Now that a majority of us are working remotely from home, it’s important to set up the right space for yourself at home so that you’re still able to separate yourself from the professional world and your personal one. This is much easier said than done, especially considering your professional world is now occurring literally inside of your personal space. However, there are still little things you can do for yourself in your new “home office” that will make coping with this pandemic a little bit easier.
First, the basics, you need to find a space that’s quiet and separated from your living room or bedroom. You also will need a flat surface to act as your new desk, this is why many people choose the dining room, as they have a huge table to spread out their things. Regardless, you want a space that also has some kind of window or natural lighting if your home allows it, this way you also don’t feel even more suffocated as you cope with this quarantine.
It’s hypocritical for me to tell you not to work on the couch in order to avoid falling into habits of laying down and watching TV, as I’m currently writing this from my couch with my desktop computer propped up on a TV dinner table, however, at the same time I can tell you from this first-hand experience that if I had a real desk right now, getting my work done wouldn’t feel as tortuous.
Ideally, you want to be sitting in a proper chair with back support that forces your legs to run parallel to the floor while your feet touch the ground. This is the best position for your posture and will ensure that you aren’t constantly slouching over; by the way if you’re reading this, pause and make sure you’re not slouching, and maybe get up to stretch for a minute, it’s important to keep your blood flowing.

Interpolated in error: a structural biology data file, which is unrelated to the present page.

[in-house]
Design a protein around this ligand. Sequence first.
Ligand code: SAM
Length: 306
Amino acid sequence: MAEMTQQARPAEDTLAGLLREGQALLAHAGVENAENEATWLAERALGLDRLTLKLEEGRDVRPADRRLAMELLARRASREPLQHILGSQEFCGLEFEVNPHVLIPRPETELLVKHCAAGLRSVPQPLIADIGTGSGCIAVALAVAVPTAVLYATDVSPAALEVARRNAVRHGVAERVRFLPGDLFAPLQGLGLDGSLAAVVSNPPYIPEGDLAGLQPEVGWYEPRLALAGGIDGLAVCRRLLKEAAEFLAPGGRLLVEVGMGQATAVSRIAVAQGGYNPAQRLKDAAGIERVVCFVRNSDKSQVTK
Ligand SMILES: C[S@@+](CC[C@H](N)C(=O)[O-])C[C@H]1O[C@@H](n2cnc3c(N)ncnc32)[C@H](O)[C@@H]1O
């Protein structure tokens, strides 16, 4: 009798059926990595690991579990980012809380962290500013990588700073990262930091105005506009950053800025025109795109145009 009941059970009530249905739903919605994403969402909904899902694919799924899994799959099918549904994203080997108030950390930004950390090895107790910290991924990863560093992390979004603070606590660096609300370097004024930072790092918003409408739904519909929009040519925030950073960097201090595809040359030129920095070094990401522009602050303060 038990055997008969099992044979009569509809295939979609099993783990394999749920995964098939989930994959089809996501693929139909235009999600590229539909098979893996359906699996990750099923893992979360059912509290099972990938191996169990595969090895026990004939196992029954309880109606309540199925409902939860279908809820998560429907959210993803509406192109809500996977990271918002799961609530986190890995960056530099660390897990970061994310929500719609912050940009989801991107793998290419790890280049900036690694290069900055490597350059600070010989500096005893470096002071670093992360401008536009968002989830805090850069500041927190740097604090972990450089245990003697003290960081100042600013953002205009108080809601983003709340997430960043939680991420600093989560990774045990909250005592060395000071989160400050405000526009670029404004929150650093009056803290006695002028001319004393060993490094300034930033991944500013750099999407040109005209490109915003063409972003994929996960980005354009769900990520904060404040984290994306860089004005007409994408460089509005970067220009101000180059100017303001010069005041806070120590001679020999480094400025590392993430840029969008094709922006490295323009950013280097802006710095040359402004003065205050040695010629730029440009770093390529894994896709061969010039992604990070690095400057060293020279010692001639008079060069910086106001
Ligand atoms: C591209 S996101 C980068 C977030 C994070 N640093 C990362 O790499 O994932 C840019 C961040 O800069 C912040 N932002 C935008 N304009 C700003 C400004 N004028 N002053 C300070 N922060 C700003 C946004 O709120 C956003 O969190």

If you’re working on a desktop computer, making sure your monitor is at eye-level is much easier than if you’re doing your work on a personal laptop. If you do have to use a laptop of any kind, try to prop it up on some hardcover books or maybe a box so that the screen is eye-level. To re-emphasize my point before about sitting properly, when your line of vision is directed downwards so that you can view your screen, your body is automatically going to begin leaning forward and towards the screen as an involuntary response to see it better. Keeping your eyes forward and head up will keep you back straight, and your eyes focused.
Finally, make sure you’re getting up and moving throughout the day. Take snack breaks and move around your house. It can become infuriating to stay in the same place all day every day, and even though you and your house have already become very accustomed to one another within these past few weeks, it’s important to move around your space.
Going to work everyday would normally give us a reason to get up at an earlier hour, get ourselves together and motivated to do what we need to do in order to come back home and unwind at the end of the day. Now that we not only are able to sleep in more, stay in sweats while sending our morning emails and not move from our couches for hours at a time everyday, it can become easy for us to get trapped in cycles of feeling depressed and like life has become mundane. This is why it’s important to stay moving, and active in our personal time, while creating a stress-free at-home-office environment during our professional time.
Eric Mastrota is a Contributing Editor at The National Digest based in New York. A graduate of SUNY New Paltz, he reports on world news, culture, and lifestyle. You can reach him at firstname.lastname@example.org.